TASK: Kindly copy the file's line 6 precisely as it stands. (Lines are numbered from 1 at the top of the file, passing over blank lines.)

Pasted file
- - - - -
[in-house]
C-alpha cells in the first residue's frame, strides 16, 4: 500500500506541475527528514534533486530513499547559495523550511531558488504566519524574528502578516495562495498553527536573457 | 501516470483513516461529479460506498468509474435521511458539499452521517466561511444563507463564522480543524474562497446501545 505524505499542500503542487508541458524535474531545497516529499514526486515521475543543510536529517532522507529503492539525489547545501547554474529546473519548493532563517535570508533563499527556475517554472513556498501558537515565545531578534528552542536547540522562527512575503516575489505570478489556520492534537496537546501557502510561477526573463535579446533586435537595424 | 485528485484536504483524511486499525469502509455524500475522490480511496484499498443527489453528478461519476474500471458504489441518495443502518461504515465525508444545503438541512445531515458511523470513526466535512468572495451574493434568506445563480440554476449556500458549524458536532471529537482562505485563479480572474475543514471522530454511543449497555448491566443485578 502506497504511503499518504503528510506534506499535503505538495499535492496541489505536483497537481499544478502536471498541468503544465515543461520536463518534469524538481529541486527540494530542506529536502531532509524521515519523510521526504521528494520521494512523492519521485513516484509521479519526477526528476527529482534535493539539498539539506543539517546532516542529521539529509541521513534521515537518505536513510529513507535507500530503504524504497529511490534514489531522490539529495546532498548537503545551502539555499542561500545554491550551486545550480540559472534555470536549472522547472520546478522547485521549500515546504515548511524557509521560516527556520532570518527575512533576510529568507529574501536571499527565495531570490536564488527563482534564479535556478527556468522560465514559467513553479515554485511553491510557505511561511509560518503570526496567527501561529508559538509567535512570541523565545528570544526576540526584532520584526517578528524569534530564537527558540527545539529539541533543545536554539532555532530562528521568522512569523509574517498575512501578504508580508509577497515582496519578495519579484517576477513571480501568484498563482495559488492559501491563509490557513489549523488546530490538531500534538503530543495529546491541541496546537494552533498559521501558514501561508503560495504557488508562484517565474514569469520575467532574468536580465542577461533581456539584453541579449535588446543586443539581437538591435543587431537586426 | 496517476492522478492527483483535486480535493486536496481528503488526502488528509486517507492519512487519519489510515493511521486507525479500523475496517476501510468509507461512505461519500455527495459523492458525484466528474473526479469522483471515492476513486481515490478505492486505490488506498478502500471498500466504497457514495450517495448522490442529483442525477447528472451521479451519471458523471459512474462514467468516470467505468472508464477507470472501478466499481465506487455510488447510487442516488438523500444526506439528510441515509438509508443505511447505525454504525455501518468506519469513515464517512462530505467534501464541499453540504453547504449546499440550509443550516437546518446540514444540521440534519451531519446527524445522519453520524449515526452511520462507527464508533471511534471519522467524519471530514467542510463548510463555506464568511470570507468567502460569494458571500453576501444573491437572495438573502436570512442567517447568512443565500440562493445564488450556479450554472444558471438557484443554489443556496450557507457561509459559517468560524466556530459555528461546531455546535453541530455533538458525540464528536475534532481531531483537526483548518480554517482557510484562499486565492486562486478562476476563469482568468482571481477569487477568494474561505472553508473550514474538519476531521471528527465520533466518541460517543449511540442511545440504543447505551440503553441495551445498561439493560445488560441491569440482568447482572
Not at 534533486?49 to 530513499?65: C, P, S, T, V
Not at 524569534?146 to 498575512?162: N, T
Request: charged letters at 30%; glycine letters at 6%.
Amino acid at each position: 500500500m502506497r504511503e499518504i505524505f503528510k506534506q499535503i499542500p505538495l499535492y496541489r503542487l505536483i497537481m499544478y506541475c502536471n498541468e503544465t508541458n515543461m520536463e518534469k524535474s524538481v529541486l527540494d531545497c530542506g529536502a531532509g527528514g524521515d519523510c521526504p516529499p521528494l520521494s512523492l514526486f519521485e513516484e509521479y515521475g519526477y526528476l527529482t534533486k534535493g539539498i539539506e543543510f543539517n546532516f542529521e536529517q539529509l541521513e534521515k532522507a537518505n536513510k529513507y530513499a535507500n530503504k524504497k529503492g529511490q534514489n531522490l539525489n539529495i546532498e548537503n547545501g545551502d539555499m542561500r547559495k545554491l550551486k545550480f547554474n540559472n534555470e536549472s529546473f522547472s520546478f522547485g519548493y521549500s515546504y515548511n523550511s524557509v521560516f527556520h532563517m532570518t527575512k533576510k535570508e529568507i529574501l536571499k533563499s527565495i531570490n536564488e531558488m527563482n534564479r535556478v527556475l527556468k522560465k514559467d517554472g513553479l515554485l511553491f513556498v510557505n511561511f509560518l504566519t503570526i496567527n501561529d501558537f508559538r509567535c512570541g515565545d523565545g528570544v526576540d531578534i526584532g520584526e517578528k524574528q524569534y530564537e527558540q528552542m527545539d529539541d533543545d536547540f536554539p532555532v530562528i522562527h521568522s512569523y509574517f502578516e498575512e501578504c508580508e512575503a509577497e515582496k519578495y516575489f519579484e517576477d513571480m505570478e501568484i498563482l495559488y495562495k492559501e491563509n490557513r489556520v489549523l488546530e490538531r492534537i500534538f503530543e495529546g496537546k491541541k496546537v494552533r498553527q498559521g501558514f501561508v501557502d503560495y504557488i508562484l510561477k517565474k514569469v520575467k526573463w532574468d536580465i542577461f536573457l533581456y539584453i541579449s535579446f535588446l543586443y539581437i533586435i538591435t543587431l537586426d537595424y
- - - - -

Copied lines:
Amino acid at each position: 500500500m502506497r504511503e499518504i505524505f503528510k506534506q499535503i499542500p505538495l499535492y496541489r503542487l505536483i497537481m499544478y506541475c502536471n498541468e503544465t508541458n515543461m520536463e518534469k524535474s524538481v529541486l527540494d531545497c530542506g529536502a531532509g527528514g524521515d519523510c521526504p516529499p521528494l520521494s512523492l514526486f519521485e513516484e509521479y515521475g519526477y526528476l527529482t534533486k534535493g539539498i539539506e543543510f543539517n546532516f542529521e536529517q539529509l541521513e534521515k532522507a537518505n536513510k529513507y530513499a535507500n530503504k524504497k529503492g529511490q534514489n531522490l539525489n539529495i546532498e548537503n547545501g545551502d539555499m542561500r547559495k545554491l550551486k545550480f547554474n540559472n534555470e536549472s529546473f522547472s520546478f522547485g519548493y521549500s515546504y515548511n523550511s524557509v521560516f527556520h532563517m532570518t527575512k533576510k535570508e529568507i529574501l536571499k533563499s527565495i531570490n536564488e531558488m527563482n534564479r535556478v527556475l527556468k522560465k514559467d517554472g513553479l515554485l511553491f513556498v510557505n511561511f509560518l504566519t503570526i496567527n501561529d501558537f508559538r509567535c512570541g515565545d523565545g528570544v526576540d531578534i526584532g520584526e517578528k524574528q524569534y530564537e527558540q528552542m527545539d529539541d533543545d536547540f536554539p532555532v530562528i522562527h521568522s512569523y509574517f502578516e498575512e501578504c508580508e512575503a509577497e515582496k519578495y516575489f519579484e517576477d513571480m505570478e501568484i498563482l495559488y495562495k492559501e491563509n490557513r489556520v489549523l488546530e490538531r492534537i500534538f503530543e495529546g496537546k491541541k496546537v494552533r498553527q498559521g501558514f501561508v501557502d503560495y504557488i508562484l510561477k517565474k514569469v520575467k526573463w532574468d536580465i542577461f536573457l533581456y539584453i541579449s535579446f535588446l543586443y539581437i533586435i538591435t543587431l537586426d537595424y